69% Reduction in Venous Leg Ulcer Size in High-Dose Arm at 4 Weeks
31% of Wounds Completely Healed in High-Dose Arm at 4 Weeks
San Diego, California, May 25, 2010 –CoDa Therapeutics, Inc., a biopharmaceutical company focused on the development and commercialization of therapeutics for wound care and tissue repair, today announced positive results from its Phase 2 NOVEL Study of NEXAGON® in patients with chronic venous leg ulcers. NEXAGON® is a topically applied, novel therapeutic candidate, with the potential to revolutionize the wound healing treatment paradigm by leveraging a new mechanism and target involved in the healing process. .
NEXAGON® achieved positive results regarding safety, reduction in wound size and complete healing after four weeks in the randomized, vehicle-controlled, double-blind, Phase 2 NOVEL study. Based on these compelling results, CoDa plans to initiate additional NEXAGON® studies and has scheduled a near-term end-of-Phase 2 meeting with the FDA to discuss potential registration studies to support marketing approval.
The three-arm trial randomized 98 patients at multiple sites to receive low or high dose NEXAGON® treatment or vehicle, in addition to compression bandaging (standard-of-care). After only three applications over a four-week treatment period, high-dose NEXAGON® demonstrated a 69% reduction in the size of venous leg ulcers. In addition, complete healing of 31% of wounds seen in the high-dose treatment arm was five times higher than complete healing in the vehicle arm. Importantly, no drug-related adverse events were observed in either of the low or high dose NEXAGON® arms, confirming favorable safety results from previous preclinical and Phase 1 clinical studies.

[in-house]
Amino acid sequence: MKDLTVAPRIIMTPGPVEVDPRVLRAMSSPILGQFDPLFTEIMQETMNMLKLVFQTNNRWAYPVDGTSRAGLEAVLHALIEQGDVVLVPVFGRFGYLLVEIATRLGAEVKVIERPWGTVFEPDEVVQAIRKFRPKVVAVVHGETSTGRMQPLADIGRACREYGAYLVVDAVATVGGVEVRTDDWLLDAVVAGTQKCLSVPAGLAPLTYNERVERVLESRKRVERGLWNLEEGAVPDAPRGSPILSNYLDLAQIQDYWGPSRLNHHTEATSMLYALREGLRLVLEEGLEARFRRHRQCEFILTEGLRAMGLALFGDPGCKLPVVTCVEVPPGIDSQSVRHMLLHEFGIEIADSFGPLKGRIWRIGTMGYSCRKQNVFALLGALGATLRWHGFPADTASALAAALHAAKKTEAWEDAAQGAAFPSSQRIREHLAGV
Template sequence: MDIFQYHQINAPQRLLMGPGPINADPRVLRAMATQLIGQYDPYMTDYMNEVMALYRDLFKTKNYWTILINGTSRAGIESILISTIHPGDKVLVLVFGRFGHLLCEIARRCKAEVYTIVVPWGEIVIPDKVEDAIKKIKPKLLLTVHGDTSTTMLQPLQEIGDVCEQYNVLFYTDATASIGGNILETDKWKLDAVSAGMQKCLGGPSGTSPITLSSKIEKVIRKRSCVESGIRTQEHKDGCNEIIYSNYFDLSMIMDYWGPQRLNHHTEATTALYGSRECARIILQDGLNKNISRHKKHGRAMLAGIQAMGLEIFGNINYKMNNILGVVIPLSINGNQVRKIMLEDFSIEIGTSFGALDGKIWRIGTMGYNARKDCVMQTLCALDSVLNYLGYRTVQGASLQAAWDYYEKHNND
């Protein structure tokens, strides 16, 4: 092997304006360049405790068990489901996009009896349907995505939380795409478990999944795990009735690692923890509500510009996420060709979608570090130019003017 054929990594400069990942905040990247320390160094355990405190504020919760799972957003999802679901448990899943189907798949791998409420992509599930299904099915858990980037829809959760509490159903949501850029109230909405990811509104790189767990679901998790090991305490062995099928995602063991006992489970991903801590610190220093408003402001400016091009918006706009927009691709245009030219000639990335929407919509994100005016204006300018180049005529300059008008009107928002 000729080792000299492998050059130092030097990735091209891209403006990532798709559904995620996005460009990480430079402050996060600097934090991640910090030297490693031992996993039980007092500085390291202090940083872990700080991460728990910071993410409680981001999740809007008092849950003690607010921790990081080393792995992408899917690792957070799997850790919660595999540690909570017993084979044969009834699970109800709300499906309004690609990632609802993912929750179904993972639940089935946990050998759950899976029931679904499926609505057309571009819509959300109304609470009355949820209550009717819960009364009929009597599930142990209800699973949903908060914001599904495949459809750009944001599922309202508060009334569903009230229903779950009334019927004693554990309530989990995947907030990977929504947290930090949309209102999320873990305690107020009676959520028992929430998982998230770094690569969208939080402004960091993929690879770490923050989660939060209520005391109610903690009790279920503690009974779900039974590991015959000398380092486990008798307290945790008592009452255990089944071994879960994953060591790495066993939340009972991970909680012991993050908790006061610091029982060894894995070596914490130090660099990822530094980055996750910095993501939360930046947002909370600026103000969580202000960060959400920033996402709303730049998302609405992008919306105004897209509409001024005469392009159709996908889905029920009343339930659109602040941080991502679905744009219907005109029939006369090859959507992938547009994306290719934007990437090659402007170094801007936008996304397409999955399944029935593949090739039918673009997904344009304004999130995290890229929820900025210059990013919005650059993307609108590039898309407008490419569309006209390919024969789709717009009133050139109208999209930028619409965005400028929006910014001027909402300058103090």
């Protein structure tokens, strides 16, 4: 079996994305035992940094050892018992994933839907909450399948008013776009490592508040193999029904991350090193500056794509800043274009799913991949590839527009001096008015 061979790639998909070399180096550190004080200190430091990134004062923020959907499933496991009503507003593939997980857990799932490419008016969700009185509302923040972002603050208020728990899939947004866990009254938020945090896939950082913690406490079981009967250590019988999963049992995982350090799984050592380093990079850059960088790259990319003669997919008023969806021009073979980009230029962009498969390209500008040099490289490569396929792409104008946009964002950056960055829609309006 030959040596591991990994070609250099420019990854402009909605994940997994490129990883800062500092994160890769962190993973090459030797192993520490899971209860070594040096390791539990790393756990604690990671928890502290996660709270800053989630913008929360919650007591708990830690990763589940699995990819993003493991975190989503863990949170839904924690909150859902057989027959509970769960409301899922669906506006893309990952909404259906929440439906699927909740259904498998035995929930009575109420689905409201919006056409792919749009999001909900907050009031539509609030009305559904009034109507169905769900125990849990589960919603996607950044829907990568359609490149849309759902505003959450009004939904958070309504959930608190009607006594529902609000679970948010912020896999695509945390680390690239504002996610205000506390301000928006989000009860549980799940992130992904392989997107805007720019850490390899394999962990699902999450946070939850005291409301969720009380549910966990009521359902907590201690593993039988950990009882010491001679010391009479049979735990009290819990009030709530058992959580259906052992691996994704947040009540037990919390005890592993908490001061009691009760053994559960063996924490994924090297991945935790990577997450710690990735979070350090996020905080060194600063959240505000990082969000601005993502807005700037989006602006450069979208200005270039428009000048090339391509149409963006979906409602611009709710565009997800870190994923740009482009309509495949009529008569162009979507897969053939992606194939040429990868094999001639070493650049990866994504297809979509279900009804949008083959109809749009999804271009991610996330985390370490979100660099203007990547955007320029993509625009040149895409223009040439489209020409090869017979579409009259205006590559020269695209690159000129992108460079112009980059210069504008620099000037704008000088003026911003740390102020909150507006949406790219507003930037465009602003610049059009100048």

Dr. Thomas Serena, a NOVEL Study Investigator, and Founder and Medical Director of the Penn North Centers for Advanced Wound Care, said, "The data from CoDa’s Phase 2 NEXAGON® trial are very impressive therapeutically, especially considering the accelerated rate of complete wound healing and excellent safety profile after only four weeks of treatment. By targeting the inhibition of Connexin43, which may be a ‘master switch’ in wound healing, NEXAGON® is designed to improve both the rate and quality of tissue repair while managing inflammation. If patients can experience better and faster treatment outcomes, NEXAGON® has the potential to address significant treatment limitations and economic burdens imposed by chronic wounds on patients and insurers."
In the U.S., venous leg ulcers account for the loss of 2 million working days and nearly $3 billion in treatment costs each year. Duration of treatment may last over a year in certain cases, and frequently involves the use of significant healthcare resources, resulting in substantial costs for the U.S. healthcare system.
Dr. David Eisenbud, a vascular surgeon with expertise in wound evaluation and treatment, and former President of the American Academy of Wound Management, said, "The results from the Phase 2 NOVEL Study far exceed expected healing outcomes using today's standard of care. As a physician focused on wound healing, my own venous ulcer patients would benefit tremendously from a treatment that closes their wounds by an average of nearly 70% in just four weeks. That is simply not achievable right now, and the NEXAGON® treatment results showing a 31% incidence of complete healing at four weeks are remarkable. The healing process tends to be much slower, and other chronic wound healing studies usually use a 12-16 week treatment period. Given the rapid and significant wound healing and safety results seen in the Phase 2 study, additional studies of NEXAGON® are highly warranted in patients with venous leg ulcers."
In addition to Dr. Eisenbud, market research and interviews with practicing clinicians reveal that a product with the expected healing profile of NEXAGON® for chronic wounds would be seen as a major improvement over current standard of care treatments.